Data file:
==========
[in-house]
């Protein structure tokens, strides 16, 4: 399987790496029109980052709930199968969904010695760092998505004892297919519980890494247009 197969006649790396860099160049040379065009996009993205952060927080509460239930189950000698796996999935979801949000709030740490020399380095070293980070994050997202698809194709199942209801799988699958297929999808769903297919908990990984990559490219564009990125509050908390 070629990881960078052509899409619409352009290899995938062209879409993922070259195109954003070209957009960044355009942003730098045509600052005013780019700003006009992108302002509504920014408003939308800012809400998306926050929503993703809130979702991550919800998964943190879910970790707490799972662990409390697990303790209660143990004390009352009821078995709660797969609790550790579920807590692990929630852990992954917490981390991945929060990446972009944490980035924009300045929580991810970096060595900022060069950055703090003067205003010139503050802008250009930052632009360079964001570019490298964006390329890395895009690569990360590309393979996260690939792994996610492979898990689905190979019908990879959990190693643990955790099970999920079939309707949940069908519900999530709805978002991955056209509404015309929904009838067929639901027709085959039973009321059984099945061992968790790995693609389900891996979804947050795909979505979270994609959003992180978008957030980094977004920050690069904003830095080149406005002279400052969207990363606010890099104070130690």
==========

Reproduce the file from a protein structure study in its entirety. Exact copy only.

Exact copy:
[in-house]
């Protein structure tokens, strides 16, 4: 399987790496029109980052709930199968969904010695760092998505004892297919519980890494247009 197969006649790396860099160049040379065009996009993205952060927080509460239930189950000698796996999935979801949000709030740490020399380095070293980070994050997202698809194709199942209801799988699958297929999808769903297919908990990984990559490219564009990125509050908390 070629990881960078052509899409619409352009290899995938062209879409993922070259195109954003070209957009960044355009942003730098045509600052005013780019700003006009992108302002509504920014408003939308800012809400998306926050929503993703809130979702991550919800998964943190879910970790707490799972662990409390697990303790209660143990004390009352009821078995709660797969609790550790579920807590692990929630852990992954917490981390991945929060990446972009944490980035924009300045929580991810970096060595900022060069950055703090003067205003010139503050802008250009930052632009360079964001570019490298964006390329890395895009690569990360590309393979996260690939792994996610492979898990689905190979019908990879959990190693643990955790099970999920079939309707949940069908519900999530709805978002991955056209509404015309929904009838067929639901027709085959039973009321059984099945061992968790790995693609389900891996979804947050795909979505979270994609959003992180978008957030980094977004920050690069904003830095080149406005002279400052969207990363606010890099104070130690």